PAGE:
- Mahdi Jelodari Mamaghani - The University of Manchester
A Software/Hardware Framework for Productivity Enhancement
- Davide Salanitri - The University of Nottingham
I am Virtual Reality and you should trust me
- Callum Littlejohns - University of Southampton
The Future is Bright - Silicon Photonics
- Swetha S Bobba - City University London
Supercontinuum Generation in Graphene Fibers
- Puneet Chhabra - Heriot-Watt University
Information Processing of Spectrally Enhanced Light Detection and ranging sensors
- Thomas Gransden - University of Leicester
Automatic Proof Generation with SEPIA
- Andra Adams - University of Cambridge
- Rain Ashford - Goldsmiths, University of London
- Muhammad Salman Haleem - Manchester Metropolitan University
Automatic extraction of retinal features to assist diagnosis of Glaucoma disease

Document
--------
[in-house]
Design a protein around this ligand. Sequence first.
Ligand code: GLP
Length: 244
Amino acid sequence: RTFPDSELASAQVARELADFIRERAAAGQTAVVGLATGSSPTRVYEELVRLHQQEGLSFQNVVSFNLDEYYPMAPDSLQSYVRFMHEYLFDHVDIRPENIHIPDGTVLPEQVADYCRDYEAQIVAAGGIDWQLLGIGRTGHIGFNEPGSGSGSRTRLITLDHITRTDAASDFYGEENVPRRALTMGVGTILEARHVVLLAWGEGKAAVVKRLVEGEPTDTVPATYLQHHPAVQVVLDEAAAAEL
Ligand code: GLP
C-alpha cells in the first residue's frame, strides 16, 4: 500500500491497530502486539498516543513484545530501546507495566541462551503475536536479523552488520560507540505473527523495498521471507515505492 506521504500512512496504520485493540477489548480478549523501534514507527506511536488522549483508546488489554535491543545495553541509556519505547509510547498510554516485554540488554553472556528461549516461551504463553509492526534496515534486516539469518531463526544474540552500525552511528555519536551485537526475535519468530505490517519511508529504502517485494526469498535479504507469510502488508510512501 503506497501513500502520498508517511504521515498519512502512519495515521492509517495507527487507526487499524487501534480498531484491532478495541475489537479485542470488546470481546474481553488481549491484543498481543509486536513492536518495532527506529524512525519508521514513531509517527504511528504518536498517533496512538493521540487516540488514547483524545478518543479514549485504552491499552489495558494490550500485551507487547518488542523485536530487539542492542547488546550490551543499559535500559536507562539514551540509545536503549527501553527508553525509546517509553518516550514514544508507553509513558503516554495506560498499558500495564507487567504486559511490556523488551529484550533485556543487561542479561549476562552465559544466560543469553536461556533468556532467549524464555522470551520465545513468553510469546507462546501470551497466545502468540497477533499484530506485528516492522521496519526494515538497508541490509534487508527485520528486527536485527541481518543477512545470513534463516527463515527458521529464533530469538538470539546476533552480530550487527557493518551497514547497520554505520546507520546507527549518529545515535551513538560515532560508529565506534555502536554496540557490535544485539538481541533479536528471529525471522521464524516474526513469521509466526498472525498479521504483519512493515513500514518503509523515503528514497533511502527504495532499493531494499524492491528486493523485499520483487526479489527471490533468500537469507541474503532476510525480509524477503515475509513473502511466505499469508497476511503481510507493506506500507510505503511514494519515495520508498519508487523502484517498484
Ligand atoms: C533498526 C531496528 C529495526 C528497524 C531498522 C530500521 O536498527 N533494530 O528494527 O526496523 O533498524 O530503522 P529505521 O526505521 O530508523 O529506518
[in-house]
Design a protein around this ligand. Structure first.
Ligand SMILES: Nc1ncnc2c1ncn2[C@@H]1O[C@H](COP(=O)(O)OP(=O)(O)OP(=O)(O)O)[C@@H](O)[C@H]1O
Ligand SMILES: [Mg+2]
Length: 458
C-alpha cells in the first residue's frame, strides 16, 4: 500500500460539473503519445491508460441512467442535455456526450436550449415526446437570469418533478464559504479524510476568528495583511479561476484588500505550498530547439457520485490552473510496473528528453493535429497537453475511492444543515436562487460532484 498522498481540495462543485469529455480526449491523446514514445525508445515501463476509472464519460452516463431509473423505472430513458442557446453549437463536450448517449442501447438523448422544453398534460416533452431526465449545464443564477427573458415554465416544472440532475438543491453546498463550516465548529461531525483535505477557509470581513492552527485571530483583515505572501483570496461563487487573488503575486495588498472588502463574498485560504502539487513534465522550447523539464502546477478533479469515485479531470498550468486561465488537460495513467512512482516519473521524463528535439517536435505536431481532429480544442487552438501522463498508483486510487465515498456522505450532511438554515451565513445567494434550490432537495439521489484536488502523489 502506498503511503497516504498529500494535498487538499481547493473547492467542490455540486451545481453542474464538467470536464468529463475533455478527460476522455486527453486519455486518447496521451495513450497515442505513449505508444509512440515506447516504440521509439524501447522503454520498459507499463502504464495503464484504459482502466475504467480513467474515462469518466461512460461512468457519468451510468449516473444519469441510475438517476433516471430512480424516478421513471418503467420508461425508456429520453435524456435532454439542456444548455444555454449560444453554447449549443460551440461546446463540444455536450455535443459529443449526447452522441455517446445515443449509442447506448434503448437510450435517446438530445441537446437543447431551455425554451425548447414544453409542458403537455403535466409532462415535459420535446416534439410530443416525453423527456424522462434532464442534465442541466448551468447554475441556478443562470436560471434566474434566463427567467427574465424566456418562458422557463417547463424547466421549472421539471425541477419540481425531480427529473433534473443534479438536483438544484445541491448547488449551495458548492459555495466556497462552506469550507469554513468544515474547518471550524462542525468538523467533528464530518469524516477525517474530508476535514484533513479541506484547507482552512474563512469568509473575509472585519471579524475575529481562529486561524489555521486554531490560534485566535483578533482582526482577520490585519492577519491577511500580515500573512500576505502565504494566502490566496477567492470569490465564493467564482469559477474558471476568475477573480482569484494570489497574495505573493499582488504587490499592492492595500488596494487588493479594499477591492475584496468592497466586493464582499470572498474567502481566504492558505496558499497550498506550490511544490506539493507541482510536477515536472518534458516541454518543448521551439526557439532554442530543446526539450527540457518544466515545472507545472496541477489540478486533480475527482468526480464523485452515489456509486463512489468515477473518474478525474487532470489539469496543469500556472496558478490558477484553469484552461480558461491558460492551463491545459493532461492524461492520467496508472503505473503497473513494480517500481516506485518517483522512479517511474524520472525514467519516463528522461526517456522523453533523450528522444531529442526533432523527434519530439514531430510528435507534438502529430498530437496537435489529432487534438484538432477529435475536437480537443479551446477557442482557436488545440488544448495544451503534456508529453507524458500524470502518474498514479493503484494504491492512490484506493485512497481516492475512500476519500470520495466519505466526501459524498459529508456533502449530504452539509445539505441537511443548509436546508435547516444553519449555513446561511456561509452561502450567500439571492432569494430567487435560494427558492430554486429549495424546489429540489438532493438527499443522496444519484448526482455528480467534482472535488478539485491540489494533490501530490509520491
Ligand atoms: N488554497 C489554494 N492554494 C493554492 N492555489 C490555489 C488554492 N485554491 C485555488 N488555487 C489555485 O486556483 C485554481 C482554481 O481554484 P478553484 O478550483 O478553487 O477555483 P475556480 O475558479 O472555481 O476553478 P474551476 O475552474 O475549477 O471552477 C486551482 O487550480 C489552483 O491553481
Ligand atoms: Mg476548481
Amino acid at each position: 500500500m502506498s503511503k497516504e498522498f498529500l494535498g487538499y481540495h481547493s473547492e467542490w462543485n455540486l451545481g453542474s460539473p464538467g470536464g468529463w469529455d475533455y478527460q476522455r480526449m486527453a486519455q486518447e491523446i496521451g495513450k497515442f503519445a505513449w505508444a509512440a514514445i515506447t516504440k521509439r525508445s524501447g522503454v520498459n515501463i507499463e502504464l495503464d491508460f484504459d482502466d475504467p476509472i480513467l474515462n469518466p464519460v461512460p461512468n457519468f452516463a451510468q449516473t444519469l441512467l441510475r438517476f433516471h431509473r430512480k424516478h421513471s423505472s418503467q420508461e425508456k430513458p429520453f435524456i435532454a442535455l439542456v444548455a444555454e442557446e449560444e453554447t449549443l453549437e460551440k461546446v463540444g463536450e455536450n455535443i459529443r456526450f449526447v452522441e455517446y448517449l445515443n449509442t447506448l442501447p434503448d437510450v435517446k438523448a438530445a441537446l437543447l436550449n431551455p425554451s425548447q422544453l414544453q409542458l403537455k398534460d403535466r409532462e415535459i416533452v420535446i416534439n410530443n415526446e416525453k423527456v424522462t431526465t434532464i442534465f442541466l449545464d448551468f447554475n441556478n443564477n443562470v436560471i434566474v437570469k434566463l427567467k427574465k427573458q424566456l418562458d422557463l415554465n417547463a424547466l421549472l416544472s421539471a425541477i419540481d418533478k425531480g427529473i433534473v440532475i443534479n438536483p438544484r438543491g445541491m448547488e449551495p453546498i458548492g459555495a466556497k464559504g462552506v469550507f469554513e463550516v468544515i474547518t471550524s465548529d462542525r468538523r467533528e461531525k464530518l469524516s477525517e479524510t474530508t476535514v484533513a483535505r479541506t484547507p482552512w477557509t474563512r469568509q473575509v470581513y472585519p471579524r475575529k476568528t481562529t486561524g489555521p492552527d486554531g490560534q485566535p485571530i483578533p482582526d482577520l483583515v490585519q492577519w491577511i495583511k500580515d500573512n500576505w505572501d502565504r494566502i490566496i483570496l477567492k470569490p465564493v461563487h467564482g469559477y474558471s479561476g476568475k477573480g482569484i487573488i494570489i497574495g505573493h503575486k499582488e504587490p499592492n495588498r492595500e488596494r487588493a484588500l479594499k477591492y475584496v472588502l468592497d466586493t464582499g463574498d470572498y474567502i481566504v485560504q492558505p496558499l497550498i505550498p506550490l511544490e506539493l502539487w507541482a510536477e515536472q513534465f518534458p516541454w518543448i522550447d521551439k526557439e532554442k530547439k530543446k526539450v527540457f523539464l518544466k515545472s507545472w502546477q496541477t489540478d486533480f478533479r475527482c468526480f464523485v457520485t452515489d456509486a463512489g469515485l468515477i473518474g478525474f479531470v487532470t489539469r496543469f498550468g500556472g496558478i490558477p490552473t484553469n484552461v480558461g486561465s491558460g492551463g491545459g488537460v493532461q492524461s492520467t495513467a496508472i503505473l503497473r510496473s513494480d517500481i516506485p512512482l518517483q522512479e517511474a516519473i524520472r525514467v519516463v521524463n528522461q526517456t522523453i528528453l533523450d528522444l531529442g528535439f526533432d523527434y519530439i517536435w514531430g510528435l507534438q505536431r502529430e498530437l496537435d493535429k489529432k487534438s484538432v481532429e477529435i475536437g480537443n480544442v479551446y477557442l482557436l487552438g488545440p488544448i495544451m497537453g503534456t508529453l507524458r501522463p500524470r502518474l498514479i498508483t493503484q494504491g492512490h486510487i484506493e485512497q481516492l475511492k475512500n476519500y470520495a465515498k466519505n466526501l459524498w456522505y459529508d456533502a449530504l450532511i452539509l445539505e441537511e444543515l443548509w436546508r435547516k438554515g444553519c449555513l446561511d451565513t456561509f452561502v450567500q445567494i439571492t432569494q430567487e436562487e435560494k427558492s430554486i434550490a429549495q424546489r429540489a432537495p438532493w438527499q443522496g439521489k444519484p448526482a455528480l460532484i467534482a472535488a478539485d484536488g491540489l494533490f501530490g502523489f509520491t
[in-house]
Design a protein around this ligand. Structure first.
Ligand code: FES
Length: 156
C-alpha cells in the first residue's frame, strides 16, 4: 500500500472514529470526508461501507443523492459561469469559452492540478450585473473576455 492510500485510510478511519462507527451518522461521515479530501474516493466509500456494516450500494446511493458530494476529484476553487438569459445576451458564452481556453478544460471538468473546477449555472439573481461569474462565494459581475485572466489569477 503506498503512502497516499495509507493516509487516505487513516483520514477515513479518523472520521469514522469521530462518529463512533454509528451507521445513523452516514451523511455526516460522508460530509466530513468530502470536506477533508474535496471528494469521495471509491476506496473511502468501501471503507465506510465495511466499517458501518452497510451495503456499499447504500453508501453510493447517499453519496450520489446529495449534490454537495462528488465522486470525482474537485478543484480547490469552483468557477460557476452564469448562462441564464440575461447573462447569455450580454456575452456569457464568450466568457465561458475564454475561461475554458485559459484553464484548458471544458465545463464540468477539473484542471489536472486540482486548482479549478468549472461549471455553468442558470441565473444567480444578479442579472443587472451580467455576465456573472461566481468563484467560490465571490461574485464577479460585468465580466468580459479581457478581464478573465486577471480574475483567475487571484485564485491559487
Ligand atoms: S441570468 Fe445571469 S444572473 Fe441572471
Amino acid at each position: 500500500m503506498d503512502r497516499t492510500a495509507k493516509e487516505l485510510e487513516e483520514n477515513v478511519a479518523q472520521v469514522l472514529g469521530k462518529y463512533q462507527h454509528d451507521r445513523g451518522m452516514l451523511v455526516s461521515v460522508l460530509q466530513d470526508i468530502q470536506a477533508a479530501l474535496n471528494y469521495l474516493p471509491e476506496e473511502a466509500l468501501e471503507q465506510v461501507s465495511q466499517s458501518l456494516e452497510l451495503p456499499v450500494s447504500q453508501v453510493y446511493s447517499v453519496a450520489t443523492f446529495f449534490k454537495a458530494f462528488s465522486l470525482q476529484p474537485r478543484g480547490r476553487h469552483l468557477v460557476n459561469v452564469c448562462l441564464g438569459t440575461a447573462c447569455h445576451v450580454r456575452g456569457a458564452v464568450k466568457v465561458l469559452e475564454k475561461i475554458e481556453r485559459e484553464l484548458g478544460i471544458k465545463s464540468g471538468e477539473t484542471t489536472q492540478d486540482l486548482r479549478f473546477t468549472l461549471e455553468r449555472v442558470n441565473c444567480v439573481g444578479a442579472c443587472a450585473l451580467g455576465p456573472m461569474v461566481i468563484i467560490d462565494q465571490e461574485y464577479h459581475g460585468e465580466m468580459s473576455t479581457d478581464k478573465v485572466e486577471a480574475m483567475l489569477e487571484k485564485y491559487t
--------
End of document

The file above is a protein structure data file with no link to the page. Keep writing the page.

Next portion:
- Jonathan Roberts - Lancaster University
Nano-Identification - Fingerprints of the future
- Andrea Mambrini - University of Birmingham
Using mathematical models to design better evolutionary algorithms
- Pantazis Deligiannis - Imperial College London
Finding Asynchronous Software Defects before they hit production
- A.V Harish - University of Southampton
Building High Power Fibre Lasers: From milliwatts toward kilowatts
The Engineering and Physical Sciences Research Council (EPSRC)
As the main funding agency for engineering and physical sciences research, our vision is for the UK to be the best place in the world to Research, Discover and Innovate.
By investing £800 million a year in research and postgraduate training, we are building the knowledge and skills base needed to address the scientific and technological challenges facing the nation. Our portfolio covers a vast range of fields from healthcare technologies to structural engineering, manufacturing to mathematics, advanced materials to chemistry. The research we fund has impact across all sectors. It provides a platform for future economic development in the UK and improvements for everyone's health, lifestyle and culture.
We work collectively with our partners and other Research Councils on issues of common concern via Research Councils UK.
Reference: PN 57-15